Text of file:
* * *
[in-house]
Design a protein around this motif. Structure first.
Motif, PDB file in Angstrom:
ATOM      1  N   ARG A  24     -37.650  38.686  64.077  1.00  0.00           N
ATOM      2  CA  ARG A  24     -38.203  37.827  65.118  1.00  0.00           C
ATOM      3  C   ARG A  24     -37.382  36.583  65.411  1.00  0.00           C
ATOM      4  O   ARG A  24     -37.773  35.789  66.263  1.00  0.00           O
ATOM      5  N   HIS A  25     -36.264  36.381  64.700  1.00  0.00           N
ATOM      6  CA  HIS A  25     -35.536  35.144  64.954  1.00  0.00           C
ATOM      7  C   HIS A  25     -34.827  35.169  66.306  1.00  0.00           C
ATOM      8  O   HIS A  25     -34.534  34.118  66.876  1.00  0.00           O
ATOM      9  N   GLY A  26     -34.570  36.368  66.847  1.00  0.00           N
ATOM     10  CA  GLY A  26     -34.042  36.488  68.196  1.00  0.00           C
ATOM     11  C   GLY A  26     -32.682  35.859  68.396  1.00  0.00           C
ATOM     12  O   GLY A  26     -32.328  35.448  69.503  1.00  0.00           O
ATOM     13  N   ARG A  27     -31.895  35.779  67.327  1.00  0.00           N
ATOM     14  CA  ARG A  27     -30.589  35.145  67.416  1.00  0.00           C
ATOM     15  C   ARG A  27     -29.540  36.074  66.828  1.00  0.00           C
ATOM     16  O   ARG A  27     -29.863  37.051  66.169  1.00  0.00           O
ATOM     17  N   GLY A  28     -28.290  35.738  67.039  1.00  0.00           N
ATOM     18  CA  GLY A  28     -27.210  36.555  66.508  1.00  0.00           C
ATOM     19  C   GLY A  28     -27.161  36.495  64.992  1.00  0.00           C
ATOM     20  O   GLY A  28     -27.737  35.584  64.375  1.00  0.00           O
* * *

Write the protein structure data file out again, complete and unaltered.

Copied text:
[in-house]
Design a protein around this motif. Structure first.
Motif, PDB file in Angstrom:
ATOM      1  N   ARG A  24     -37.650  38.686  64.077  1.00  0.00           N
ATOM      2  CA  ARG A  24     -38.203  37.827  65.118  1.00  0.00           C
ATOM      3  C   ARG A  24     -37.382  36.583  65.411  1.00  0.00           C
ATOM      4  O   ARG A  24     -37.773  35.789  66.263  1.00  0.00           O
ATOM      5  N   HIS A  25     -36.264  36.381  64.700  1.00  0.00           N
ATOM      6  CA  HIS A  25     -35.536  35.144  64.954  1.00  0.00           C
ATOM      7  C   HIS A  25     -34.827  35.169  66.306  1.00  0.00           C
ATOM      8  O   HIS A  25     -34.534  34.118  66.876  1.00  0.00           O
ATOM      9  N   GLY A  26     -34.570  36.368  66.847  1.00  0.00           N
ATOM     10  CA  GLY A  26     -34.042  36.488  68.196  1.00  0.00           C
ATOM     11  C   GLY A  26     -32.682  35.859  68.396  1.00  0.00           C
ATOM     12  O   GLY A  26     -32.328  35.448  69.503  1.00  0.00           O
ATOM     13  N   ARG A  27     -31.895  35.779  67.327  1.00  0.00           N
ATOM     14  CA  ARG A  27     -30.589  35.145  67.416  1.00  0.00           C
ATOM     15  C   ARG A  27     -29.540  36.074  66.828  1.00  0.00           C
ATOM     16  O   ARG A  27     -29.863  37.051  66.169  1.00  0.00           O
ATOM     17  N   GLY A  28     -28.290  35.738  67.039  1.00  0.00           N
ATOM     18  CA  GLY A  28     -27.210  36.555  66.508  1.00  0.00           C
ATOM     19  C   GLY A  28     -27.161  36.495  64.992  1.00  0.00           C
ATOM     20  O   GLY A  28     -27.737  35.584  64.375  1.00  0.00           O